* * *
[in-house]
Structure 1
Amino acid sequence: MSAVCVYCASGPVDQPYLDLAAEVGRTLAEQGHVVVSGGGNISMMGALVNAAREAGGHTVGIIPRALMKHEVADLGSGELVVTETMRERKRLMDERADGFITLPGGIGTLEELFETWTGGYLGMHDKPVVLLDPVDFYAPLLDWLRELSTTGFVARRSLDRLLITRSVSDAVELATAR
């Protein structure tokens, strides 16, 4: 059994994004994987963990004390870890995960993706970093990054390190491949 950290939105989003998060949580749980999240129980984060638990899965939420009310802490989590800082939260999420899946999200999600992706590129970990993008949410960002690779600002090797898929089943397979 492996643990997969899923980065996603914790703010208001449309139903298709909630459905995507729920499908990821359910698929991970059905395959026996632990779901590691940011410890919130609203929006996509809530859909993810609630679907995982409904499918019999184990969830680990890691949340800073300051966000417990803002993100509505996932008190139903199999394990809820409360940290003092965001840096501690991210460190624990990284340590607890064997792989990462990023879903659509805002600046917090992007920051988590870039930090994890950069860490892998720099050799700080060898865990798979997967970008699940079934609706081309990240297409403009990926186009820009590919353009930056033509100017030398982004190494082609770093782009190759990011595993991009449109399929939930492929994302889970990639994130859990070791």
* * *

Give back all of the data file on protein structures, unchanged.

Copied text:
[in-house]
Structure 1
Amino acid sequence: MSAVCVYCASGPVDQPYLDLAAEVGRTLAEQGHVVVSGGGNISMMGALVNAAREAGGHTVGIIPRALMKHEVADLGSGELVVTETMRERKRLMDERADGFITLPGGIGTLEELFETWTGGYLGMHDKPVVLLDPVDFYAPLLDWLRELSTTGFVARRSLDRLLITRSVSDAVELATAR
């Protein structure tokens, strides 16, 4: 059994994004994987963990004390870890995960993706970093990054390190491949 950290939105989003998060949580749980999240129980984060638990899965939420009310802490989590800082939260999420899946999200999600992706590129970990993008949410960002690779600002090797898929089943397979 492996643990997969899923980065996603914790703010208001449309139903298709909630459905995507729920499908990821359910698929991970059905395959026996632990779901590691940011410890919130609203929006996509809530859909993810609630679907995982409904499918019999184990969830680990890691949340800073300051966000417990803002993100509505996932008190139903199999394990809820409360940290003092965001840096501690991210460190624990990284340590607890064997792989990462990023879903659509805002600046917090992007920051988590870039930090994890950069860490892998720099050799700080060898865990798979997967970008699940079934609706081309990240297409403009990926186009820009590919353009930056033509100017030398982004190494082609770093782009190759990011595993991009449109399929939930492929994302889970990639994130859990070791």